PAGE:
This month, we mark the one-year anniversary of two significant moments in reproductive rights history: the landmark decision in Mexico to decriminalize abortion, and the near-total abortion ban in Texas. With reproductive rights moving in such different directions, what can the U.S. learn from the progress feminists are seeing in Latin America?
While we are only just beginning to scratch the surface of the kinds of horrors that banning abortion will create in the U.S., our neighbors in Latin America have understood this reality for years. We cannot afford to ignore the wins and the lessons learned from our neighbors and friends around the globe as we embark on the long road ahead to rebuild power and restore our right to abortion in the U.S.
Civilians gathered in a global moment of silence to commemorate the first official Climate Emergency Day on July 22. From California to Nigeria, New Orleans to London, Ghana to Pennsylvania, Rome to Jerusalem—the world watched the Climate Clock tick over from seven years to six. I led the moment of silence under the Union Square Climate Clock in New York City. It was hot, reaching 99 degrees Fahrenheit. As we faced the clock, we felt the crisis in our bodies.
When we imagine the climate crisis together, and all that’s at stake, we are feeding the momentum of a movement with revolutionary potential. Adrienne Maree Brown wrote, “We are in an imagination battle.” The Climate Clock is the drummer of this battle.
As we look to the future of abortion in the U.S., we can learn from the experiences of people in countries with restrictive abortion laws who have managed to find safe, effective ways to have abortions by using the original abortion pill: misoprostol.
While mifepristone is expensive and unnecessarily restricted by the U.S. Food and Drug Administration, misoprostol is inexpensive and widely available by prescription for different indications in pharmacies across the country.
With the Supreme Court’s abortion decision, the U.S. finds itself in numerous human rights violations: the right to equality and nondiscrimination, the right to privacy, the right to life, the right to health and the right to be free from torture and cruel, inhuman or degrading treatment.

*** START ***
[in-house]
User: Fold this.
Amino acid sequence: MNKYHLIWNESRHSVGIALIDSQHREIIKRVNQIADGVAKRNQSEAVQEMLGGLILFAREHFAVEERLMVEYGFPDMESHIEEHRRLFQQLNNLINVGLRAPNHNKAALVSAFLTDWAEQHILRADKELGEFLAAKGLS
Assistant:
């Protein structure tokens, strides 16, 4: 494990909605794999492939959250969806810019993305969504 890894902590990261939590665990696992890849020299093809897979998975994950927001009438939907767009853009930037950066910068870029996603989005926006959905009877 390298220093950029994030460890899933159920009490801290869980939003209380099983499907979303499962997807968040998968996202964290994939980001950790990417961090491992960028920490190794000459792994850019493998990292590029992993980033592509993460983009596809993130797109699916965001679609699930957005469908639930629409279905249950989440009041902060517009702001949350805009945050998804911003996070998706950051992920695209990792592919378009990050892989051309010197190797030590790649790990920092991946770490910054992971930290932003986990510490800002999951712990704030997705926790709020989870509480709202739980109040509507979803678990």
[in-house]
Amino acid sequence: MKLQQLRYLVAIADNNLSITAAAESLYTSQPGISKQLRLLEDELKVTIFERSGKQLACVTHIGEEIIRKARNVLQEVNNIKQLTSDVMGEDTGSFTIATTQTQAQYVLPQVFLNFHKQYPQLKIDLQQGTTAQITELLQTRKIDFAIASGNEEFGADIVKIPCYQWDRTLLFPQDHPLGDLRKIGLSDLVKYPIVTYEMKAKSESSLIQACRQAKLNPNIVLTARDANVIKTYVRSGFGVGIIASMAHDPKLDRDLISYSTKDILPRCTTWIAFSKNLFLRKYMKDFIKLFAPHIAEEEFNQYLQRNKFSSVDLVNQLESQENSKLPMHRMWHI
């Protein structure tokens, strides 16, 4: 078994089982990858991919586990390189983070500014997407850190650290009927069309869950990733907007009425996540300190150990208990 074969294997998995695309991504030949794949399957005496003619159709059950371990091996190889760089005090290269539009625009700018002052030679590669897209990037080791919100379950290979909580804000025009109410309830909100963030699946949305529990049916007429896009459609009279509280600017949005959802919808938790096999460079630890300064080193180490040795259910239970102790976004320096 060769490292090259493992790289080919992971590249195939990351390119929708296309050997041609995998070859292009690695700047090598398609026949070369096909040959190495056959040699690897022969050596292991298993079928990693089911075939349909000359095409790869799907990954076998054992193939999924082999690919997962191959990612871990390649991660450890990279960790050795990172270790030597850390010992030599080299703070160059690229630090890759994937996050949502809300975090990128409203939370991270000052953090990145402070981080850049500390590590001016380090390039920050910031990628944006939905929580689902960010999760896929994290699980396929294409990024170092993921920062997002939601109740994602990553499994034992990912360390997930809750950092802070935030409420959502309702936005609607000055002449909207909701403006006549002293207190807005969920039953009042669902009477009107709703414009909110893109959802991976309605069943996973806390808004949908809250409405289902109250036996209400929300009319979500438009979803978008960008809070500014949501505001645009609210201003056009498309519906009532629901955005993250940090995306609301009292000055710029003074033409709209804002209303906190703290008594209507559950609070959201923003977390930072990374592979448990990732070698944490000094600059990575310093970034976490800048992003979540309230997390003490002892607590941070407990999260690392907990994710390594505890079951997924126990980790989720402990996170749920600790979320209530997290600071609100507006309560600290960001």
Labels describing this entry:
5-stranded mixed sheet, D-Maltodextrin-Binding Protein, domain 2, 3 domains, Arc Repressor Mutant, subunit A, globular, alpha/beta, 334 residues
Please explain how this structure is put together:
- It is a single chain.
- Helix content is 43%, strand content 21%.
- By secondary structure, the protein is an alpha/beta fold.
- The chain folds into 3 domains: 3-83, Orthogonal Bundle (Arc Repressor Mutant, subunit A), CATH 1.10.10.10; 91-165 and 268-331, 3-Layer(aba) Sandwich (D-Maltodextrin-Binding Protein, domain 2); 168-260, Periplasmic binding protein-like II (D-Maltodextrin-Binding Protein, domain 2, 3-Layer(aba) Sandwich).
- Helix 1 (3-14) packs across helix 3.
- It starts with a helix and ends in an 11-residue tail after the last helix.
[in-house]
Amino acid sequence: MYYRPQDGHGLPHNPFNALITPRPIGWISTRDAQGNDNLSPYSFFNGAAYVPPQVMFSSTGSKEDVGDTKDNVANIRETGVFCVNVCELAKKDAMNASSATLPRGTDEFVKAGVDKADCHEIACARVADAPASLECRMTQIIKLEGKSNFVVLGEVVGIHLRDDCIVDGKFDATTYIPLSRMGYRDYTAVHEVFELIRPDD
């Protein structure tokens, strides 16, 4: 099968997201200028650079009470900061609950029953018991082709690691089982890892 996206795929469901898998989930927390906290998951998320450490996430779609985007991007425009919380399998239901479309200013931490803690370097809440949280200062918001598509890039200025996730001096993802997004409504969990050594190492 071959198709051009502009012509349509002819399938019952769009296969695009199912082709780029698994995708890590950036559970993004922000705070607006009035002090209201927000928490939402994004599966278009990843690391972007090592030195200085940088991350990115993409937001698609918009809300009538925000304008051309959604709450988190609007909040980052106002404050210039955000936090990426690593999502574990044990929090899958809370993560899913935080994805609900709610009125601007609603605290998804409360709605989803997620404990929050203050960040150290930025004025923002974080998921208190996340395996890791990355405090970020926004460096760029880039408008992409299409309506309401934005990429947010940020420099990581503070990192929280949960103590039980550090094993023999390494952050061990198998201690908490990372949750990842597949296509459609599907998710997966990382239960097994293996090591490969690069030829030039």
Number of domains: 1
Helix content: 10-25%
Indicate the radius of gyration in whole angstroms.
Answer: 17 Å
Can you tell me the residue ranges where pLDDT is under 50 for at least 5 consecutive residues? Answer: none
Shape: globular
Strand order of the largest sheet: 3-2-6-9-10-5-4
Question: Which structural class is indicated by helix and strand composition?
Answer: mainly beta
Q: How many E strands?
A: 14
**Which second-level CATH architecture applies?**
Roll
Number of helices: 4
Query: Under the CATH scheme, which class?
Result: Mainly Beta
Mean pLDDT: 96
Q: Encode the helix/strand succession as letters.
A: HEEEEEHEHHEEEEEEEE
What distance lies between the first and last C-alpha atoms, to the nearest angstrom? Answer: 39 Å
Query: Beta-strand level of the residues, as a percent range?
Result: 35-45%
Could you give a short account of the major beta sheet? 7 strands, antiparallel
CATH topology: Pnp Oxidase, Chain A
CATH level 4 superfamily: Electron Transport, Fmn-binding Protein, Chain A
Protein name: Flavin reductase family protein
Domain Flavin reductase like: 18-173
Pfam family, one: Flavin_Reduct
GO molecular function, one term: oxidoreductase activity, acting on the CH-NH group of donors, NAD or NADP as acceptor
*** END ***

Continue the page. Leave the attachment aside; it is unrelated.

It is crucial to take inspiration from feminists across the globe in using international human rights laws to stop states from eroding abortion access.
As countless signs across the marches and rallies call for bans off our bodies and to keep abortion legal, a symbol that is new to many in this country, but beloved to the three of us, has unmistakably emerged all over the streets: a sea of green bandanas. The Green Wave, which had begun in Argentina — and then spread across all of Latin America — is now here, as a rallying cry to protect abortion.
Books provide us not only with necessary information but also with the respite we need from the constant labor of securing our rights and humanity in all the ways they are under attack.
I hope of the 33 books here, you’ll find one that inspires, relaxes or distracts you for a little while.
The U.S. ranks as the 19th most dangerous country for women, 11th in maternal mortality, 30th in closing the gender pay gap, 75th in women’s political representation, and painfully lacks paid family leave and equal access to health care. But Ms. has always understood: Feminist movements around the world hold answers to some of the U.S.’s most intractable problems. Ms. Global is taking note of feminists worldwide.
The U.S. Supreme Court ruled on Thursday that the Biden administration has the authority to terminate the Migrant Protection Protocols (MPP), also known as Remain in Mexico, which requires some refugees to wait outside of U.S. borders while their cases are heard. The Biden administration must now immediately take all possible steps to end MPP.
Those waiting in Mexico, like the desperate women we met who are fleeing gender-based violence at home, must have an opportunity to pursue their claims from within the U.S. with the help of local organizations and legal service providers.
In a grim moment nationally, let us look to Latin America for the sustained will to resist and overturn abortion bans.
Most notably, U.S. reproductive rights organizers should think of legal and cultural campaigns that can move across states. Though combatting abortion bans in the U.S. will be difficult because states exert their own jurisdiction over abortion laws, we can create a national movement and anticipate the challenges ahead through learning from Latin American feminists, especially the resilient people of El Salvador since 1998.